The shortened season is causing teams to break from the norm. In St. Louis, that means the squad will run three power-play units.
“We’re going to use three units, we’re going to use eight guys to kill penalties, that’s just the reality of the season and where everybody is at physically and mentally,” Blues coach Ken Hitchcock said.
“I think you just have to use as much of your bench as you can. It’s a little more work for everybody, but I think getting guys used to doing it is important.”
One power-play line features Alex Steen at the point and includes Chris Stewart, Vladimir Tarasenko, Andy McDonald, and Kevin Shattenkirk.
T. J. Oshie and Alex Pietrangelo manned the points of another unit that consists of David Backes, David Perron, and Patrik Berglund.
Finally, the third unit consisted of Matt D’Agostini, Jaden Schwartz, Vlad Sobotka, Kris Russell, and Ian Cole.
Although he admits it’s a risk, Hitchcock has already seen some “good things” by having forwards Steen and Oshie play in the back end.
“It looks like we’re a threat and that’s the key thing,” Hitchcock said. “I think this includes more players, it makes us more dynamic.”
The Blues had a mediocre 16.7% power-play success rate in 2011-12 and they weren’t much better during their subsequent playoff run.
PHT Morning Skate: Tortorella says ‘not a chance’ LeBron James could play hockey
—Auston Matthews is putting together one of the best rookie seasons we’ve seen in a long time, but if it wasn’t for Ukrainian skating coach Boris Dorozhenko’s unique teaching methods, he might not be the player he is today. (ESPN)
–Not many people expected the Minnesota Wild to contend for the Central Division crown this season, but their play is making some in the national media believe they have a chance to do some damage in the near future. “I give them a ton of credit,” NBC hockey analyst Pierre McGuire said. “They’ve put themselves in a great position to win a Cup. This is the best team they’ve had in Minnesota ever. Like, ever!” (Minneapolis StarTribune)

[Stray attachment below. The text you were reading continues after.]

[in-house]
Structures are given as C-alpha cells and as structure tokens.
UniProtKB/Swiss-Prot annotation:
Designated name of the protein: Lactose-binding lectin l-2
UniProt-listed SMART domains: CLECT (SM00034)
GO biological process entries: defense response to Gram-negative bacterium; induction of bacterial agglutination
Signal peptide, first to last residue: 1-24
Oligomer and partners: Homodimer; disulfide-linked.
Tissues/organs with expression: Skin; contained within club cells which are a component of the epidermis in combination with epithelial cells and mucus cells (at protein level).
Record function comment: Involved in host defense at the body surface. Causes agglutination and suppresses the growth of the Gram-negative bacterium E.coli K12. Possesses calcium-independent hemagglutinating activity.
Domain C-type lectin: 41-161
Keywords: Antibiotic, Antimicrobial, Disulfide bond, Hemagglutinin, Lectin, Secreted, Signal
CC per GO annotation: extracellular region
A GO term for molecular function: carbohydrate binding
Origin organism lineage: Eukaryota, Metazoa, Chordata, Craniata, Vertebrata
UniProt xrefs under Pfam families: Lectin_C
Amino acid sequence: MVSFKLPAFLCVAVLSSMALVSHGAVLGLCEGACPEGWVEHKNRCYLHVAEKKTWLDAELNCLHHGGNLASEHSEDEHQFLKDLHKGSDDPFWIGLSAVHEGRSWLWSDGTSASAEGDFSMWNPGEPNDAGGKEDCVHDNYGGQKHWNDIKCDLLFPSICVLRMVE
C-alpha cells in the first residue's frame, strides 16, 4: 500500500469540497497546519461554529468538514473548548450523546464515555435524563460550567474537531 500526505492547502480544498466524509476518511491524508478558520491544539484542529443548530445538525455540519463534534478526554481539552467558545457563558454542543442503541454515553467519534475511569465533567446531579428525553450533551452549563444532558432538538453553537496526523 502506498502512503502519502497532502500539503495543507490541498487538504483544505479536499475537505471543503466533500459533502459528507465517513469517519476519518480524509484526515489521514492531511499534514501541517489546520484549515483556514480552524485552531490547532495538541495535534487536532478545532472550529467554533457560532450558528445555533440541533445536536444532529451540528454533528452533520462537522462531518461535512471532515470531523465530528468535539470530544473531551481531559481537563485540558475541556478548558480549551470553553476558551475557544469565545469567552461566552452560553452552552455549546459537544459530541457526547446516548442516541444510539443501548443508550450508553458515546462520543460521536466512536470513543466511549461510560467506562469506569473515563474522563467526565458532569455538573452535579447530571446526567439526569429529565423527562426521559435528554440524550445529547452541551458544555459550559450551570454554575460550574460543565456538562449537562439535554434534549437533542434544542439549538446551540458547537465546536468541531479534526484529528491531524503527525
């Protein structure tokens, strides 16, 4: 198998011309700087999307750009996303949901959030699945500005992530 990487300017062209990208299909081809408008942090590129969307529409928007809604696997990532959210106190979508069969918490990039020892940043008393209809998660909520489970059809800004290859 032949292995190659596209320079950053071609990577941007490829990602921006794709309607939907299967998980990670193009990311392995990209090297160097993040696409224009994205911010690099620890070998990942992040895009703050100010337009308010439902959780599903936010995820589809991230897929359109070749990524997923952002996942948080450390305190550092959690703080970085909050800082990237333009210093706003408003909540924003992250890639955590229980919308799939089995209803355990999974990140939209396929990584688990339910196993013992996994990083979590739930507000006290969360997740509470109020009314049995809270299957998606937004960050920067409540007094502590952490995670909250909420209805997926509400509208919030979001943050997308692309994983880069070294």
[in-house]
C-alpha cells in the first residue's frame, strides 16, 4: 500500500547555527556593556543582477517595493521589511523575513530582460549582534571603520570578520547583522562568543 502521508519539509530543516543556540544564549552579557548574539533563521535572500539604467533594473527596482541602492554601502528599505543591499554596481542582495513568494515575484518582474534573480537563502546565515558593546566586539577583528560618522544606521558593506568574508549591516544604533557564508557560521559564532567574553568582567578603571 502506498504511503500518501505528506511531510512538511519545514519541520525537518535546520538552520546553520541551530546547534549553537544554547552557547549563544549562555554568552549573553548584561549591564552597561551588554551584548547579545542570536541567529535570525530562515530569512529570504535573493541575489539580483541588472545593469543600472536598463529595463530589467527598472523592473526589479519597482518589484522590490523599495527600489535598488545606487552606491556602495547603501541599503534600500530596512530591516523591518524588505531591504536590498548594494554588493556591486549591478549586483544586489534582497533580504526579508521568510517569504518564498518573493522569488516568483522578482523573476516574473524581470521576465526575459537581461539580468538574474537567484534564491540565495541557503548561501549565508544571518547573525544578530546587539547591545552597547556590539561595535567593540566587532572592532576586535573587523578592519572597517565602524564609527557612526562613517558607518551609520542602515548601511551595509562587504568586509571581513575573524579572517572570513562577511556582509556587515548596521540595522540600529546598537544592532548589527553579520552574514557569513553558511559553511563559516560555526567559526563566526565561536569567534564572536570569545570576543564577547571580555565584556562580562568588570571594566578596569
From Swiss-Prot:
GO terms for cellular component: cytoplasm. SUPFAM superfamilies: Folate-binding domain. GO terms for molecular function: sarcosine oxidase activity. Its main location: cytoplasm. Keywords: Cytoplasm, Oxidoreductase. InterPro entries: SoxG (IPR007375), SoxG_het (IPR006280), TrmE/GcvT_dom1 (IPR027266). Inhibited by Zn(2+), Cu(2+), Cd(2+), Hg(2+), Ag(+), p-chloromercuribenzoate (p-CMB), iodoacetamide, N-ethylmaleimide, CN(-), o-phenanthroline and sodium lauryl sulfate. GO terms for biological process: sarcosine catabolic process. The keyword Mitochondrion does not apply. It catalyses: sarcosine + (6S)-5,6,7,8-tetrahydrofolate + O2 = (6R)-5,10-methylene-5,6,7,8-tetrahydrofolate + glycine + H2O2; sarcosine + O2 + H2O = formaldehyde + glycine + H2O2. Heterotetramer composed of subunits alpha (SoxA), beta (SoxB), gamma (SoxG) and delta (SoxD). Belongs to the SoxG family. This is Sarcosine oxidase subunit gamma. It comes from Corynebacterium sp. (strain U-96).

–If he wasn’t a basketball player, I could see LeBron James playing in the NFL. But a hockey player? I don’t think so. It sounds like Blue Jackets head coach John Tortorella agrees with me. “He can’t skate,” Tortorella said during a radio interview. “He’s too damn big, he can’t skate. And you can tell him I said that, I challenge him.” (BarDown)
–The Boston Bruins were up 3-0, 4-1 and 5-4 in last night’s game against the Red Wings, but they still found a way to lose the game. Watch the highlights of that tilt by clicking the video at the top of the page.
–Every hockey fan is aware of the incredible season Sidney Crosby has put together, but for some reason, Evgeni Malkin‘s stellar play seems to be flying under the radar. After all, Malkin isn’t too far behind Connor McDavid for the scoring title. “He doesn’t get as much attention as he deserves,” said Penguins assistant coach Sergei Gonchar. “Not only this season or that season. I think overall if you look at his career, I don’t think he has been covered as much as some other guys. I think he deserves more credit for what he has done in his career.” (NHL.com)